Communist China Communism in an Economically Developing China The future of communism in China is unknown, as the world economy becomes more international. Communism has been in China since 1949 and is still present in the countrys activities. Presently China is undergoing incredible economic growth and promises to be a dominant power early in the next century. Chinas social tradition has come under heavy pressure from forces of modernization generated in a large part by the sustained contact with the West that began in the middle of the nineteenth century. The Western incursion, not only refined China militarily but brought in its course new ideas- nationalism, science and technology, and innovations in politics, philosophy, and art. Chinese leaders have sought to preserve the nations cultural uniqueness by promoting specifically Chinese blends of tradition and modernity.
China has undergone several major political transformations from a feudal-like system in early historical times, to a centralized bureaucratic empire that lasted through many unpredictable changes till 1911, to a republic with a communist form of government in the mainland since 1949. Economic geography and population pressure help account for the traditionally controlling role of the state in China. The constant indispensability for state interference, whether for great public works programs or simply to keep such a large society together, brought up an authoritarian political system. The family prevailed as the fundamental social, economic, and religious unit. Interdependence was very prominent in family relations while generation, age, sex and immediacy of kinship strictly governed relations within the family. Family rather than nation usually created the greatest allegiances with the result that nationalism as known to the West came late to the Chinese.
In principle, the elite in the authoritarian political system achieved their positions through merit rather than birth or wealth. There was an examination system that provided a vehicle for recruiting talented citizens to serve the emperor, which was a valuable and unusual institution in a society characterized by personal connections. Democracy, individualism, and private property were kept carefully in check. Central state authority, however, rarely penetrated to the local level. Chinese leaders invented bureaucracy to keep the country unified and mastered the art of keeping government small. The Chinese search for a modern state began in the nineteenth century when two major sources of disorder overwhelmed the imperial institutions: domestic disintegration and foreign invasion.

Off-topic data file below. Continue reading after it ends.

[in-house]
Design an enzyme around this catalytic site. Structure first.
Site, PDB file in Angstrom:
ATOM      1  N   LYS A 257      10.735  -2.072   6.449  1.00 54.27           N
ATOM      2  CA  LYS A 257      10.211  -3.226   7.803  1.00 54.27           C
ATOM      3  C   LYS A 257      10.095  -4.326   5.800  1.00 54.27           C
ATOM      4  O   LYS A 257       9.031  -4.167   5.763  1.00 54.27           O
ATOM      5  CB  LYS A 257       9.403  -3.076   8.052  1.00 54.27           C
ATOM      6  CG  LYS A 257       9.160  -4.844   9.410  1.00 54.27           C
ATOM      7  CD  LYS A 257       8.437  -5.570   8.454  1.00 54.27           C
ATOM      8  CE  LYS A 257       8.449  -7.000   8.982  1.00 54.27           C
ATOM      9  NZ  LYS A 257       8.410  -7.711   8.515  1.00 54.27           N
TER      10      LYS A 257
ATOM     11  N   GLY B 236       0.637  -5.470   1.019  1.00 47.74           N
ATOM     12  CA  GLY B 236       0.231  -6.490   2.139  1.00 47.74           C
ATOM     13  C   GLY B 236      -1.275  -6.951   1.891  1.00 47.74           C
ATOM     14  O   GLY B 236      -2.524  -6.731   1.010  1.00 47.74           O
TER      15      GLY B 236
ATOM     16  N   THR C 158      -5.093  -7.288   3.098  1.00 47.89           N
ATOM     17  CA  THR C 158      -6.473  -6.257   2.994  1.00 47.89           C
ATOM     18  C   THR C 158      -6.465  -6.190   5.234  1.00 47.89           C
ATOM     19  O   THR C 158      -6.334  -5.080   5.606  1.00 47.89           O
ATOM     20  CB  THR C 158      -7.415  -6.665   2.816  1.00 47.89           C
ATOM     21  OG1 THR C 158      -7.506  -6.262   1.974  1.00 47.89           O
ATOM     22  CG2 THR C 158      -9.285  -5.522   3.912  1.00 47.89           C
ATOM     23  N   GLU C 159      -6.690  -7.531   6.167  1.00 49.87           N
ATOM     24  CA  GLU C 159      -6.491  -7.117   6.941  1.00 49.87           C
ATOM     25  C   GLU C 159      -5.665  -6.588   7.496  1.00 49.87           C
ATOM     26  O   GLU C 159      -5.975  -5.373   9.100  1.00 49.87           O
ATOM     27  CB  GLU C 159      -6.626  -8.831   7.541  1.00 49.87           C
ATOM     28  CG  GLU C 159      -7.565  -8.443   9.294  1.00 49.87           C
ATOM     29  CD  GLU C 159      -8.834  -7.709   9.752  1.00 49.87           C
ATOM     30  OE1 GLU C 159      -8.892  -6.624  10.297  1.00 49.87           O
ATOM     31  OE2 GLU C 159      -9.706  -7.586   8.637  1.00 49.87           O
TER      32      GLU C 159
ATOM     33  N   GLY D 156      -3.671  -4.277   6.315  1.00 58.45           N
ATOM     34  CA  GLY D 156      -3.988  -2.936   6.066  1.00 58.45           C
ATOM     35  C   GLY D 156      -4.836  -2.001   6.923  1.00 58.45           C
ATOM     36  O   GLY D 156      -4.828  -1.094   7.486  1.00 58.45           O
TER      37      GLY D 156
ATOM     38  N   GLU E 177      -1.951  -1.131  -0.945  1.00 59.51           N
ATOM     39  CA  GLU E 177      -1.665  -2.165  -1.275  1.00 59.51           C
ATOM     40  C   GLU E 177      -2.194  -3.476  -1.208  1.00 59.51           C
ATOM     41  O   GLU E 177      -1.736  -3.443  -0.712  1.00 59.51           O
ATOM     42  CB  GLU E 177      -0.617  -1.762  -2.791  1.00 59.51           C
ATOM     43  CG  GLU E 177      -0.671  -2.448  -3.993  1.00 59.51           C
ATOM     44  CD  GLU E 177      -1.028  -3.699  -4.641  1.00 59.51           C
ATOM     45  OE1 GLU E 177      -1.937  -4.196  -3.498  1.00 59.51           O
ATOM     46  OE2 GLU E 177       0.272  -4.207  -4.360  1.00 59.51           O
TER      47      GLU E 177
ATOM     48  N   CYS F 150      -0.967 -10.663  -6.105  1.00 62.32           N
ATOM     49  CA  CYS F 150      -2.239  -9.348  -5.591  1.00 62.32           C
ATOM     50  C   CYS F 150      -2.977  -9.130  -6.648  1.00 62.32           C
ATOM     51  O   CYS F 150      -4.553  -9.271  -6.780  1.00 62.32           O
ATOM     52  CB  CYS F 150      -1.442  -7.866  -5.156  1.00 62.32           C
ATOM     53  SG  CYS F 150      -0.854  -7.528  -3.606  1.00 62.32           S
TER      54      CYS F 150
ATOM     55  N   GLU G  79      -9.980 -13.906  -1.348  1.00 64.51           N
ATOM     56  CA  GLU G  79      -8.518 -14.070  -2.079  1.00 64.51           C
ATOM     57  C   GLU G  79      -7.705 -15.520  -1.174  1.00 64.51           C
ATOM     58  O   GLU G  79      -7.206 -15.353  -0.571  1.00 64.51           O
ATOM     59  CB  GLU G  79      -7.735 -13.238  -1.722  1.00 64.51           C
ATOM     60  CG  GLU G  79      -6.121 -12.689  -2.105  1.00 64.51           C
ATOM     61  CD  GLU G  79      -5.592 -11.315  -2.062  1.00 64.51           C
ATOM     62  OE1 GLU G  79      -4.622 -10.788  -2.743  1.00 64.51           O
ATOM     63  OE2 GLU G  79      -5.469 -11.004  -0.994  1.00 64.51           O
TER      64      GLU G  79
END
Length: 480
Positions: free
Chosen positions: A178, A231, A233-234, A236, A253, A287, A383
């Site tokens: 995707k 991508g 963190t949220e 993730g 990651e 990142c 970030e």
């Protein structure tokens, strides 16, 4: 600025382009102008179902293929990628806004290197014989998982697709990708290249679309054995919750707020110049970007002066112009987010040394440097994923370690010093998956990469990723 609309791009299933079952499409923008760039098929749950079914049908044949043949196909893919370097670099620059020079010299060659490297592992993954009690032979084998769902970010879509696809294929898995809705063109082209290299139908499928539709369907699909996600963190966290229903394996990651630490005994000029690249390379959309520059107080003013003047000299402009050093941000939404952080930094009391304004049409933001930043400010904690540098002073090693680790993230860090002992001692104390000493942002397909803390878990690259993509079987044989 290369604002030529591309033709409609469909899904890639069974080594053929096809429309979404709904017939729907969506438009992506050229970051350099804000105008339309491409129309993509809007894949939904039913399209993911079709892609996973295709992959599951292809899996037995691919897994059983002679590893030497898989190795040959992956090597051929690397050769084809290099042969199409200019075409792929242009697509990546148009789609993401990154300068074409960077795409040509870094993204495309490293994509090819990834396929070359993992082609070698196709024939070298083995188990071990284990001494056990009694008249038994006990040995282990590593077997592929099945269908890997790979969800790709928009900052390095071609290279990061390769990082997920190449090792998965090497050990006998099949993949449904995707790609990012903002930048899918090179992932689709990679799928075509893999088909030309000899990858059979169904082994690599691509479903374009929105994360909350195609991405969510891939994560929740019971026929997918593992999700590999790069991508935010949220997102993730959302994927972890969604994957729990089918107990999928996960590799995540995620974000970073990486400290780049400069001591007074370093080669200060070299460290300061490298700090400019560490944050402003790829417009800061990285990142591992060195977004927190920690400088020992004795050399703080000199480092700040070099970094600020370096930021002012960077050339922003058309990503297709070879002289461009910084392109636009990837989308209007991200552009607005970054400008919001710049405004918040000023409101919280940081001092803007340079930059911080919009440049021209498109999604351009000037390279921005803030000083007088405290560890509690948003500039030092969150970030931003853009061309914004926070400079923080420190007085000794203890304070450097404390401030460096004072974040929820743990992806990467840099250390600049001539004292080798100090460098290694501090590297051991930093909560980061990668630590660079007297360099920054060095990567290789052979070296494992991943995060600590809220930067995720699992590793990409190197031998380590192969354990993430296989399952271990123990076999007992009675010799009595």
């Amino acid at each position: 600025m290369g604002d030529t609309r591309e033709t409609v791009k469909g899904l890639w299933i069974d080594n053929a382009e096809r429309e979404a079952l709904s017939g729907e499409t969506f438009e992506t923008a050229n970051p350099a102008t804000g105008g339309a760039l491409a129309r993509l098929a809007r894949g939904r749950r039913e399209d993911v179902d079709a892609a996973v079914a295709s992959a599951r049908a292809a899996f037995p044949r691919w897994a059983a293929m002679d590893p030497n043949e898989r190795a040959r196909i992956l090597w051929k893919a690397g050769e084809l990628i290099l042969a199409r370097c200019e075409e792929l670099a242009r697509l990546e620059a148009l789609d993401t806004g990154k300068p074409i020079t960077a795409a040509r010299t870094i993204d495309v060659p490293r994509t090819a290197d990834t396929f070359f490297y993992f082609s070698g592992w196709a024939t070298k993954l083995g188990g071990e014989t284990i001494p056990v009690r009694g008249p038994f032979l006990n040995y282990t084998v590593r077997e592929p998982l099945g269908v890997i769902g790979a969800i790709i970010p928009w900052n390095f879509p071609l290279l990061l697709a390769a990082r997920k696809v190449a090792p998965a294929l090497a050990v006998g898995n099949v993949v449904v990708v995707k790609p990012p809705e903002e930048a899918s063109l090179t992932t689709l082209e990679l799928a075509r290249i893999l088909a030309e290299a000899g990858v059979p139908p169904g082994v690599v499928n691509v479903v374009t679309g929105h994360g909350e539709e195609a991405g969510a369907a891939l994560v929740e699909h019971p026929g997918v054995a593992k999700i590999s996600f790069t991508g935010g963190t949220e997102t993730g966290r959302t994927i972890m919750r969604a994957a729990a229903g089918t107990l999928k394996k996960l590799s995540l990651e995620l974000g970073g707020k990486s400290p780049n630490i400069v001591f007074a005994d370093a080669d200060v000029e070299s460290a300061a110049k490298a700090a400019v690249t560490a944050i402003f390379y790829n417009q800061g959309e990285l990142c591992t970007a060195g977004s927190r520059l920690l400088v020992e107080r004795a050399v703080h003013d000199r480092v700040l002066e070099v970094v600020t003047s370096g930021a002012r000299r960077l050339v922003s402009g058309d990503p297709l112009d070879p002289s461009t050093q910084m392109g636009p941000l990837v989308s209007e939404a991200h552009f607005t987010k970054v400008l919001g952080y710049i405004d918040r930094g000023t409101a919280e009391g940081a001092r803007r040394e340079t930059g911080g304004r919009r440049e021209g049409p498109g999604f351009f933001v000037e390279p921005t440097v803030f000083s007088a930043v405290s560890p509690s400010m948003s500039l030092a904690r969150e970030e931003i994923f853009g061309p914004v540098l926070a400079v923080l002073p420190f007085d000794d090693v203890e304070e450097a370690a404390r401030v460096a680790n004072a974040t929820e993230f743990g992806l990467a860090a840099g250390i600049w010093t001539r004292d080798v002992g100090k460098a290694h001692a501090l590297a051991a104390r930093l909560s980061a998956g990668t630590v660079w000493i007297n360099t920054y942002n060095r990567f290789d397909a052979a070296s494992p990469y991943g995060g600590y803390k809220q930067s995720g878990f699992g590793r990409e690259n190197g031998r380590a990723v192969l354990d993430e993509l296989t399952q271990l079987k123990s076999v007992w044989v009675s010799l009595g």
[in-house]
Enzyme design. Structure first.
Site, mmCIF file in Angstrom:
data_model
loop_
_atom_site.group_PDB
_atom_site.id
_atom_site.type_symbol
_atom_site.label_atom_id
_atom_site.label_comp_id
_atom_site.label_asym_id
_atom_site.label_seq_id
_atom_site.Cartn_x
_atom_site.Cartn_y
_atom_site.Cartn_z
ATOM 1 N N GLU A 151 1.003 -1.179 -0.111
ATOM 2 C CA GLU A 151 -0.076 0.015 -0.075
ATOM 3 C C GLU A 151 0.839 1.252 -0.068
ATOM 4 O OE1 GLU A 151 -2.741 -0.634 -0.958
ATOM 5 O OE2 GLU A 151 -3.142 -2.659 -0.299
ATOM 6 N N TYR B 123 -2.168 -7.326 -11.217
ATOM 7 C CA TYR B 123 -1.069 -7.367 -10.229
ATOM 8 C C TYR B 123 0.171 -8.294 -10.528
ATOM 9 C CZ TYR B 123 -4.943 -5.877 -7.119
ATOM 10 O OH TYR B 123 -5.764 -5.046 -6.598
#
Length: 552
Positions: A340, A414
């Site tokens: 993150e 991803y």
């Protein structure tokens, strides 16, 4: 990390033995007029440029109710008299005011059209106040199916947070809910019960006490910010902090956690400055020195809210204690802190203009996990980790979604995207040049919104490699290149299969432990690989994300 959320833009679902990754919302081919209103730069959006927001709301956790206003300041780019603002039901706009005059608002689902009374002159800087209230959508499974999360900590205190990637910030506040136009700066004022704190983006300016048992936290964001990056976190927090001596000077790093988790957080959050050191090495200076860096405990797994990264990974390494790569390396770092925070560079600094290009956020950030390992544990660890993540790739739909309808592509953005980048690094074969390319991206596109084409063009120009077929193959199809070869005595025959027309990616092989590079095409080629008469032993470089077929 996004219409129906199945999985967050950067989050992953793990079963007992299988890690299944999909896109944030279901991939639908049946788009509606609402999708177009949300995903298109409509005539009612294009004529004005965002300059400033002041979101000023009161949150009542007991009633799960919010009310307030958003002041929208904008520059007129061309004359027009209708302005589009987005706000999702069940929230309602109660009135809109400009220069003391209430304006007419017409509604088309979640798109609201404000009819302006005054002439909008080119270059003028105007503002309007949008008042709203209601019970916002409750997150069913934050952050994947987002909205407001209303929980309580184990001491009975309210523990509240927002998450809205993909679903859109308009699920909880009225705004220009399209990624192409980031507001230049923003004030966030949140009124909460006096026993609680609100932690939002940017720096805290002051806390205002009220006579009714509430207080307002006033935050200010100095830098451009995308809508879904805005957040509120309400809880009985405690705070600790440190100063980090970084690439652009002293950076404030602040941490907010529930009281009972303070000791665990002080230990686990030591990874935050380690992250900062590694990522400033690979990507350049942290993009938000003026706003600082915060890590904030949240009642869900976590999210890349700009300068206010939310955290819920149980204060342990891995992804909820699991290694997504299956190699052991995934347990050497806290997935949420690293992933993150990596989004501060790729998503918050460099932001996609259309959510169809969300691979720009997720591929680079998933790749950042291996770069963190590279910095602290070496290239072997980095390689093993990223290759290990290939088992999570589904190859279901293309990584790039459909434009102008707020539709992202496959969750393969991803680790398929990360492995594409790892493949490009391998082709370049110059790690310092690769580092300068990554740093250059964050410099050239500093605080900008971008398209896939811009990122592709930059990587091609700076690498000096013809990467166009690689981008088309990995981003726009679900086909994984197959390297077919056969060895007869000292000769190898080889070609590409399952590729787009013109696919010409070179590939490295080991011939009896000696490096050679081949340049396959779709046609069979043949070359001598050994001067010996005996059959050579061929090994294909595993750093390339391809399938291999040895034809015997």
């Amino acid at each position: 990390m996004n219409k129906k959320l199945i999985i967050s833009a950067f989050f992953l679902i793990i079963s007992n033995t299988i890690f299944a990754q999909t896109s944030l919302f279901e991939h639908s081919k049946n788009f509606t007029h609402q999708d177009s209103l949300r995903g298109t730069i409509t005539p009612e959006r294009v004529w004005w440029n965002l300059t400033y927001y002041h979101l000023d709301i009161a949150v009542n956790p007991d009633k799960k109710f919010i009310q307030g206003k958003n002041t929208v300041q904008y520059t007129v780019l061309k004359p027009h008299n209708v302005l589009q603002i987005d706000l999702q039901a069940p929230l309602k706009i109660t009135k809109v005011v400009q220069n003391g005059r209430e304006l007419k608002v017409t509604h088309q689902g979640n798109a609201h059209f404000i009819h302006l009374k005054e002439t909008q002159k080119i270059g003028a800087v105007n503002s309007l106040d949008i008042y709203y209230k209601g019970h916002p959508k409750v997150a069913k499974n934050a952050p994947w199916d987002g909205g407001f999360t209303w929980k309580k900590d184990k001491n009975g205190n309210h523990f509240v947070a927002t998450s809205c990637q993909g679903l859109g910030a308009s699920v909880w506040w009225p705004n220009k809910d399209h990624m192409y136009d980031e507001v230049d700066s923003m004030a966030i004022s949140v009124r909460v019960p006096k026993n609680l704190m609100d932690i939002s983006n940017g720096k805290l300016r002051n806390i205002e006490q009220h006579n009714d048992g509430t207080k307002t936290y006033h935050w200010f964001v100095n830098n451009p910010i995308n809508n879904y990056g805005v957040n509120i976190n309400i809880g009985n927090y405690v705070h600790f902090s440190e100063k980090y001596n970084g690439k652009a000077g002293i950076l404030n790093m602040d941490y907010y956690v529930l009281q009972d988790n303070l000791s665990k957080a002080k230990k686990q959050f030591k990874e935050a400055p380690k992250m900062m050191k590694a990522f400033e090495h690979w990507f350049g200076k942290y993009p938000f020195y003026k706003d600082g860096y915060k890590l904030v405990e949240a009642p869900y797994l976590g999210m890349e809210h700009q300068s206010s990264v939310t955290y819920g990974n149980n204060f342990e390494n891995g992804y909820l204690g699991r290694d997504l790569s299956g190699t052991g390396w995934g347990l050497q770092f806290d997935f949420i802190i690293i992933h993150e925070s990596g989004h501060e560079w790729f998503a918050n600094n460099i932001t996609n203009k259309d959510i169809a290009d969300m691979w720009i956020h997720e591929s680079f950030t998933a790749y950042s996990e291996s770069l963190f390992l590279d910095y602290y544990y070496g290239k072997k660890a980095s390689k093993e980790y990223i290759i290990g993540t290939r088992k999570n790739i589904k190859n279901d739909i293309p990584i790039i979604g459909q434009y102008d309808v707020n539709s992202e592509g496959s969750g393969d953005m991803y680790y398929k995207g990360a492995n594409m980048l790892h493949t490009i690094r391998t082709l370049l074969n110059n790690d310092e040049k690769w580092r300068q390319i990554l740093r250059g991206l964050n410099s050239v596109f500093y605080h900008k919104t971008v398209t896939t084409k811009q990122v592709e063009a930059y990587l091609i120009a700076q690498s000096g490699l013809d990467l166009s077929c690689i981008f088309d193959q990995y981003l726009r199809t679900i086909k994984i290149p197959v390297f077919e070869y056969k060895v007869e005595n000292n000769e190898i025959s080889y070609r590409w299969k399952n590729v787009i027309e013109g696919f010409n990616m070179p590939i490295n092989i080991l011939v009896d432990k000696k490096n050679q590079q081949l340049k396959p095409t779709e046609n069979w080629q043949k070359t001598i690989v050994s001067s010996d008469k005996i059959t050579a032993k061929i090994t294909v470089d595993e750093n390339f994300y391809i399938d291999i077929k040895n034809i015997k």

Between the eighteenth and nineteenth centuries, Chinese population had doubled and redoubled. The problem of the population explosion created tremendous pressure on the limited farmland to provide sufficient food supply. For economic, religious, of ethnic reasons, peasant uprisings began to erupt. Moreover, beginning with the Opium War of 1832-1842, the imperial army suffered a series of defeats at the hands of the industrial powers of the West. The image of a shattering imperial dynasty directed rebellion and dissolution within China, exemplified by the Taiping Rebellion of 1851-1864 that nearly toppled the Qing dynasty.
(Zheng, Party vs. State in Post-1949 China, 30) The reform measures in the first decade of this century were aimed at replacing dynastic rule with a new form of government. Among the most significant changes was the abolition of the civil service exam in 1905, which virtually cut off the connections among the emperor, the ruling ideology, and the official gentry. This time the imperial rulers hoped to save themselves by experimenting with some new institutional adaptations. A revolution was menacing; students who had returned from abroad came with ideas harmful to the imperial rule. Following the overthrow of the imperial regime in the Revolution of 1922, central authority dissipated and the country was divided among regional warlords.